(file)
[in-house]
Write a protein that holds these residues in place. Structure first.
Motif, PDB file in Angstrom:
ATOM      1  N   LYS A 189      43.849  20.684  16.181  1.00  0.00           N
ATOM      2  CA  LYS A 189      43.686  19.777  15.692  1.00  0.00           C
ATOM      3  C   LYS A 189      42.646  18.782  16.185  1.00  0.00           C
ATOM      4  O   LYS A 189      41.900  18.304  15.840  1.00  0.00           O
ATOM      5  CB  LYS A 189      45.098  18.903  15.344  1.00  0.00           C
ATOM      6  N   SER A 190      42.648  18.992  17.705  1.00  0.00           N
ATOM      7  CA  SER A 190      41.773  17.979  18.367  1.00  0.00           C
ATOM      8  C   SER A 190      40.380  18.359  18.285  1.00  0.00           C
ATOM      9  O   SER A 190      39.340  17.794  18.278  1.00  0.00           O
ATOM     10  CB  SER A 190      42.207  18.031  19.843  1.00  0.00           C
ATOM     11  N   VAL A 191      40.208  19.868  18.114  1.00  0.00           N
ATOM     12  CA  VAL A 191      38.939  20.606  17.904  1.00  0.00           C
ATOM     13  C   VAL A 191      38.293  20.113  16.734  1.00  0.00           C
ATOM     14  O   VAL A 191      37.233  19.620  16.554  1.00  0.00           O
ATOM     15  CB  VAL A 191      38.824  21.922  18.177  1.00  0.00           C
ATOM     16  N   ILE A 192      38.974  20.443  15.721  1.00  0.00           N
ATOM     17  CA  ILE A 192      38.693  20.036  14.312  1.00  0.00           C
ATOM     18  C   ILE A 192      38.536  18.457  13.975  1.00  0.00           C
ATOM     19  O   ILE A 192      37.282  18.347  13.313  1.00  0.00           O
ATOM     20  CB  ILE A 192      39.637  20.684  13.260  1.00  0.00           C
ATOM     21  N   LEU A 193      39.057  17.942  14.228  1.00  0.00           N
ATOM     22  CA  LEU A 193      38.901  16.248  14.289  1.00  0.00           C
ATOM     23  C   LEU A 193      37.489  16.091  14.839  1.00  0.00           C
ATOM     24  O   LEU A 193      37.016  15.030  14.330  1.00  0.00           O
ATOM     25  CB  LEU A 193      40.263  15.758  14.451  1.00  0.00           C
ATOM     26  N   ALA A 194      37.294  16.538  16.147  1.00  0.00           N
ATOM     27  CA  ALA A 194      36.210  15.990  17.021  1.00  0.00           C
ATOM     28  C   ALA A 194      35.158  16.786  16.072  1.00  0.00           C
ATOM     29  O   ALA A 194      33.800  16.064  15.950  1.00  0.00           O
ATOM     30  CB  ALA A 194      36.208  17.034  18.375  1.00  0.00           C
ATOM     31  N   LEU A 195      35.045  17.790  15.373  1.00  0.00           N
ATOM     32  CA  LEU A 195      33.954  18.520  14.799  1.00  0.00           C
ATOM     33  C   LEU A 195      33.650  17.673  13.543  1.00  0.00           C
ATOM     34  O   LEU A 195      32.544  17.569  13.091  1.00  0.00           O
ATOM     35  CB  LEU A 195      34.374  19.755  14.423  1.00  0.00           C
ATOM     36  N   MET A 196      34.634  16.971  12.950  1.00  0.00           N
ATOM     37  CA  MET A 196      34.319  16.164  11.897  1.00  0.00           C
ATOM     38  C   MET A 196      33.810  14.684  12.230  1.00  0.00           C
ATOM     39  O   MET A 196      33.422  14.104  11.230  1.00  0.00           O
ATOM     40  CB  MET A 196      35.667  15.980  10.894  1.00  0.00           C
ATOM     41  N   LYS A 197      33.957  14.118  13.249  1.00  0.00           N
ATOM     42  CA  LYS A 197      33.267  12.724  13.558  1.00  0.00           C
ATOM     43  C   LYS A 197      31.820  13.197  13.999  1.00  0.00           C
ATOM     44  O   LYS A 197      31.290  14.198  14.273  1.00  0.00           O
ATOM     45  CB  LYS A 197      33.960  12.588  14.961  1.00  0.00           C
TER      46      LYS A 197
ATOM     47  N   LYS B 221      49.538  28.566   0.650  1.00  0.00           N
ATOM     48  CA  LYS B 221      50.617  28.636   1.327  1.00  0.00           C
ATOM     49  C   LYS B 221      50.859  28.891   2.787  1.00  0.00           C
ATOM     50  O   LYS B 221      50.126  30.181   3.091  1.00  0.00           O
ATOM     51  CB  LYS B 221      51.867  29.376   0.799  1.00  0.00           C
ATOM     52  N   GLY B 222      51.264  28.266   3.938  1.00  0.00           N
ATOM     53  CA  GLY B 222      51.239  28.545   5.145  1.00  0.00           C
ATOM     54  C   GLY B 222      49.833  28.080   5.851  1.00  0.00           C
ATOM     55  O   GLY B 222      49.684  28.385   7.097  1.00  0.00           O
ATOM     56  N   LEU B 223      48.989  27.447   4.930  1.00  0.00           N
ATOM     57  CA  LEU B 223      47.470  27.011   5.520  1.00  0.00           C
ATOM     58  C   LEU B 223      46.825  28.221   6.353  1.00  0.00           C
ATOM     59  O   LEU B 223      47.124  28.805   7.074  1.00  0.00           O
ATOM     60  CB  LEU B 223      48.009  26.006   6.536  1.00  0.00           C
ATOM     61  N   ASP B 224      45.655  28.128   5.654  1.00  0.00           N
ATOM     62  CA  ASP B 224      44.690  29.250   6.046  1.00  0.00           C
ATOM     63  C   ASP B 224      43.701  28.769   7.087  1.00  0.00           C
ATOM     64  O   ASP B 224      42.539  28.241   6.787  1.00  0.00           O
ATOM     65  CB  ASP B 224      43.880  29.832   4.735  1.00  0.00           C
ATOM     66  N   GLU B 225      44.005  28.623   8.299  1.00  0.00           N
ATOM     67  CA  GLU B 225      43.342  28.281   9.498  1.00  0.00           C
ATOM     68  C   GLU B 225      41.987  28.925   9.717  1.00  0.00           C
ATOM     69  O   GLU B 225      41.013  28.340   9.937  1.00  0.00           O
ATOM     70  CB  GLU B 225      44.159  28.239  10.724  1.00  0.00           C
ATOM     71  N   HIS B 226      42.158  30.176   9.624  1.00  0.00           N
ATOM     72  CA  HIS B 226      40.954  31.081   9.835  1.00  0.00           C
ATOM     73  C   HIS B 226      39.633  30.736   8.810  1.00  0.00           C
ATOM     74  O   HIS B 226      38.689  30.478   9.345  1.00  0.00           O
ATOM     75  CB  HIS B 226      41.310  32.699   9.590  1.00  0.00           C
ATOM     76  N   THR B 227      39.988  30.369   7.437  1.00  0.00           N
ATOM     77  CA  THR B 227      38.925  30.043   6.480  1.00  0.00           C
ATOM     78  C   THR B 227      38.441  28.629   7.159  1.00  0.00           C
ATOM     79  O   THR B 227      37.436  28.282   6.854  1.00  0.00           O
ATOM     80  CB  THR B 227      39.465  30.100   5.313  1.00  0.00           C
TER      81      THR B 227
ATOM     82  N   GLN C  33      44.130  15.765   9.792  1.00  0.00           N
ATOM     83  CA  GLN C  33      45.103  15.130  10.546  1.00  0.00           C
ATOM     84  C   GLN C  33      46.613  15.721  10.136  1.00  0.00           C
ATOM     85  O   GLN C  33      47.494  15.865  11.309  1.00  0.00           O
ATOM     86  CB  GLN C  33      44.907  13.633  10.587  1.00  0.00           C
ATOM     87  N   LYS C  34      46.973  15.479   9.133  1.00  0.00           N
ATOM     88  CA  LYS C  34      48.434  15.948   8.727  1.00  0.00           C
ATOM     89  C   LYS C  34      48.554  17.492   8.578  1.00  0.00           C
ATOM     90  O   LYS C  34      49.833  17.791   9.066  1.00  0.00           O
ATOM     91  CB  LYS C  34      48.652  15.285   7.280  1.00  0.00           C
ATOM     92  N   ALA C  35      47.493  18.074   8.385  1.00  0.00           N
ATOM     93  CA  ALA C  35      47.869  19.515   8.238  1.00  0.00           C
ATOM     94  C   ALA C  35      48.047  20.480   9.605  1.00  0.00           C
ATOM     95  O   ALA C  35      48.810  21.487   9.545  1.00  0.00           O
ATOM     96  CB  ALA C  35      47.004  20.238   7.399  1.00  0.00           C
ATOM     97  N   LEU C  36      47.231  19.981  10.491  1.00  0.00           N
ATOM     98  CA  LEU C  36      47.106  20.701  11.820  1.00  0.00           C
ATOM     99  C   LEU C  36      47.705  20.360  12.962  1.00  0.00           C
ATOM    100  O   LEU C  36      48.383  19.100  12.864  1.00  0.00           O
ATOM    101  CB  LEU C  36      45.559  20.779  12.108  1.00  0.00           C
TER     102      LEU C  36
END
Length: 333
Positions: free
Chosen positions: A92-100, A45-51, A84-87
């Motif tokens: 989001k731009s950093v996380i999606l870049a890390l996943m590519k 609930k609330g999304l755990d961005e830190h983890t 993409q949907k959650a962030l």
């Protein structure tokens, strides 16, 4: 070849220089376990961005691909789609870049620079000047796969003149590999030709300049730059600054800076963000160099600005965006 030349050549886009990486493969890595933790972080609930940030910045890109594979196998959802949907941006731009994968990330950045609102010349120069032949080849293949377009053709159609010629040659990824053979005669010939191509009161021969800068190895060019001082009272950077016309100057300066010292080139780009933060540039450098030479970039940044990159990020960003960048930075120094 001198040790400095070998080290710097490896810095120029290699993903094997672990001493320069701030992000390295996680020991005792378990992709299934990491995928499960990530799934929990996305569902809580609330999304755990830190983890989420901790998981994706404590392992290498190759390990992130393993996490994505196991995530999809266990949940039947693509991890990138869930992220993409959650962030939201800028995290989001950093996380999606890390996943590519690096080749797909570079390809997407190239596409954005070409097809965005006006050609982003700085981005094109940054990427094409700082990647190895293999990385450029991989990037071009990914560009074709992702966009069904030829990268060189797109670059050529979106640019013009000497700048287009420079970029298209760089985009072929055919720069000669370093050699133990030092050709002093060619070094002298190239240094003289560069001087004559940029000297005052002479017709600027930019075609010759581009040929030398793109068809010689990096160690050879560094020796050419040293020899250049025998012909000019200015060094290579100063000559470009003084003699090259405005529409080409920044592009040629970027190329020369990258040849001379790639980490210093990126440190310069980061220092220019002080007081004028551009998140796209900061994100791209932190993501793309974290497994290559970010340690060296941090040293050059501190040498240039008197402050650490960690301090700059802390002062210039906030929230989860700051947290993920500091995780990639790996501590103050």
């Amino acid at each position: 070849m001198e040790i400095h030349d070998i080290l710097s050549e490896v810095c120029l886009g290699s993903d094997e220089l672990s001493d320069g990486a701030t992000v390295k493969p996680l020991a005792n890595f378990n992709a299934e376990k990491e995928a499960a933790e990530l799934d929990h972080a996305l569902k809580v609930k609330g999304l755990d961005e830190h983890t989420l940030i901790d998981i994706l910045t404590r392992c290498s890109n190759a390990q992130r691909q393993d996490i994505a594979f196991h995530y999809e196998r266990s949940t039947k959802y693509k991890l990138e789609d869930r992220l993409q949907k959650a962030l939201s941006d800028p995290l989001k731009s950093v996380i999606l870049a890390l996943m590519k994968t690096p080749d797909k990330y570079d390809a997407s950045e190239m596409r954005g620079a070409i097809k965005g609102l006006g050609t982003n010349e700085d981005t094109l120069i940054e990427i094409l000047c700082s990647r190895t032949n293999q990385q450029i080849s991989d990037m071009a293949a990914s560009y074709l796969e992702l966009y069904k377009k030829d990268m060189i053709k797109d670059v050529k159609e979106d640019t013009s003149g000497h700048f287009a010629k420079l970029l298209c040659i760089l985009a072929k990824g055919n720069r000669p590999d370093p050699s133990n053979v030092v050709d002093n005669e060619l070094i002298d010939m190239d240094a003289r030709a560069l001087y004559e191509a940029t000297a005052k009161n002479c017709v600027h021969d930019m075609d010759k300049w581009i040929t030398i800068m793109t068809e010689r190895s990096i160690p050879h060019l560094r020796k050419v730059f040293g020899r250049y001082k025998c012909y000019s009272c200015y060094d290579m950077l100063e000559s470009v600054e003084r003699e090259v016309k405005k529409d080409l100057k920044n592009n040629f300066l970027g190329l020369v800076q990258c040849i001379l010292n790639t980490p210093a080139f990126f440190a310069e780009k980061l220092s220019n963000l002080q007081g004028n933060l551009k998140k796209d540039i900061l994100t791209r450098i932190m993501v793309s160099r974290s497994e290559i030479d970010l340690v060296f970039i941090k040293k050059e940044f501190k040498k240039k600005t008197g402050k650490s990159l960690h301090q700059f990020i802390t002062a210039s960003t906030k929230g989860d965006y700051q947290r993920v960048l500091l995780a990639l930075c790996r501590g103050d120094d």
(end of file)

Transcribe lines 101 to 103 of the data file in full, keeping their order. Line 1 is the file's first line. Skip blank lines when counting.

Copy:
ATOM     98  CA  LEU C  36      47.106  20.701  11.820  1.00  0.00           C
ATOM     99  C   LEU C  36      47.705  20.360  12.962  1.00  0.00           C
ATOM    100  O   LEU C  36      48.383  19.100  12.864  1.00  0.00           O